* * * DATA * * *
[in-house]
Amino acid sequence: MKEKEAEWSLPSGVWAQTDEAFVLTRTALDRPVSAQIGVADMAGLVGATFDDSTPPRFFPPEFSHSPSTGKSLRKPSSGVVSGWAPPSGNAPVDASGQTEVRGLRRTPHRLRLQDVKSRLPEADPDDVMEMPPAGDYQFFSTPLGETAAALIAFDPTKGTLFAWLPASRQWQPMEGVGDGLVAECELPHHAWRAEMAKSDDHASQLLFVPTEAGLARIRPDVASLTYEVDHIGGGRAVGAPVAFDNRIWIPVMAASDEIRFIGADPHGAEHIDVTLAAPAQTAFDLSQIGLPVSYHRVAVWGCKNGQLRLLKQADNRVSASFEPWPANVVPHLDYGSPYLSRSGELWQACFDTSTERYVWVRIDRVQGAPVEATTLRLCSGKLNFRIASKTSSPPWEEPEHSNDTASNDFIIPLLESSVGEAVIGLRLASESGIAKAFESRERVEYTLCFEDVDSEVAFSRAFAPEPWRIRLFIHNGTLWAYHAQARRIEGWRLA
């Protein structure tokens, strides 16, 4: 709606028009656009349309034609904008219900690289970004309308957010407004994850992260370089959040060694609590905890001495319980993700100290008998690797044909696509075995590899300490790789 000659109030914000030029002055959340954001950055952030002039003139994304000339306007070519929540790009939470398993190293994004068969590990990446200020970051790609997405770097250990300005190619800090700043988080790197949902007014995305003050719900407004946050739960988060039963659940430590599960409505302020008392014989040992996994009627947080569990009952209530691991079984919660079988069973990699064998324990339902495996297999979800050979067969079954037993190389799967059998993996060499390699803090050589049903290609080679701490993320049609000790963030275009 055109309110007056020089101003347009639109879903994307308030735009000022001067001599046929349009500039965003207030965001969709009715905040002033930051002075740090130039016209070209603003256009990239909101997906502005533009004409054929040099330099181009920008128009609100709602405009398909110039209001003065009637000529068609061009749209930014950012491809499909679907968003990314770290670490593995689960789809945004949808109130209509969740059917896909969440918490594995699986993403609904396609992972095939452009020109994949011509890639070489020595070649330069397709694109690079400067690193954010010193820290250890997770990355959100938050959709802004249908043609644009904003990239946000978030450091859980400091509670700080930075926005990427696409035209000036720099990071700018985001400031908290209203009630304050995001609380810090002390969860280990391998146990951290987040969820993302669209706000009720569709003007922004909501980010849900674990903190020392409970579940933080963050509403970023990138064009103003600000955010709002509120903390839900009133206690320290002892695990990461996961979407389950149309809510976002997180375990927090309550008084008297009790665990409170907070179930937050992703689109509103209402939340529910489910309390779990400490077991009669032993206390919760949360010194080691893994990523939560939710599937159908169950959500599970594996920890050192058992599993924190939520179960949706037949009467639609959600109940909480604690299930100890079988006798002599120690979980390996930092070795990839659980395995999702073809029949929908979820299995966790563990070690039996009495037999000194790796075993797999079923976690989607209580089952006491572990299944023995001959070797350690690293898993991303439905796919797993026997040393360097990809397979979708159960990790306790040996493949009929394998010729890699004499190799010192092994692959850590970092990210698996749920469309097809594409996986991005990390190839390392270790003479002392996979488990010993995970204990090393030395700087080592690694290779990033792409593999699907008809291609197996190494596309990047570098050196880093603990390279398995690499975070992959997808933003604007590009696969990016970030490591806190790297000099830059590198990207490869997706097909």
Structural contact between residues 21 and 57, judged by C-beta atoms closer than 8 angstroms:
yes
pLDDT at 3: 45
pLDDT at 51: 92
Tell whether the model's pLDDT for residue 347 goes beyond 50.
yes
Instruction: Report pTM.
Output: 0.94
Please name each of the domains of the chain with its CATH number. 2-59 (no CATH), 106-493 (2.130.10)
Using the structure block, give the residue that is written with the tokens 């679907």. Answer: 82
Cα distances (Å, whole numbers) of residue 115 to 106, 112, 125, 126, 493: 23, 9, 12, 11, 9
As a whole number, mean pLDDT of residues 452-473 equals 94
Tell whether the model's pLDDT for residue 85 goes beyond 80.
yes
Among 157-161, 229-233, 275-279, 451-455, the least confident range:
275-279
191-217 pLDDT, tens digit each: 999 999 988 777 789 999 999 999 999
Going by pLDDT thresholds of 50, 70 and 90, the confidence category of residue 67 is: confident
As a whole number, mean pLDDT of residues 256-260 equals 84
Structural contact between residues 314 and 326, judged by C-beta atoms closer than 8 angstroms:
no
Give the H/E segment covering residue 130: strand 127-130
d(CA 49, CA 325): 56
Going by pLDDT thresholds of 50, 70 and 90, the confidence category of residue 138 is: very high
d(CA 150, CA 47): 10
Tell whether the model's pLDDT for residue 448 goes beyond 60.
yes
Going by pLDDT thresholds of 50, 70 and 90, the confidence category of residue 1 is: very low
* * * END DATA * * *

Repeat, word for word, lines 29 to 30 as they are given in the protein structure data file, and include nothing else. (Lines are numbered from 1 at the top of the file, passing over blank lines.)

Tell whether the model's pLDDT for residue 448 goes beyond 60.
yes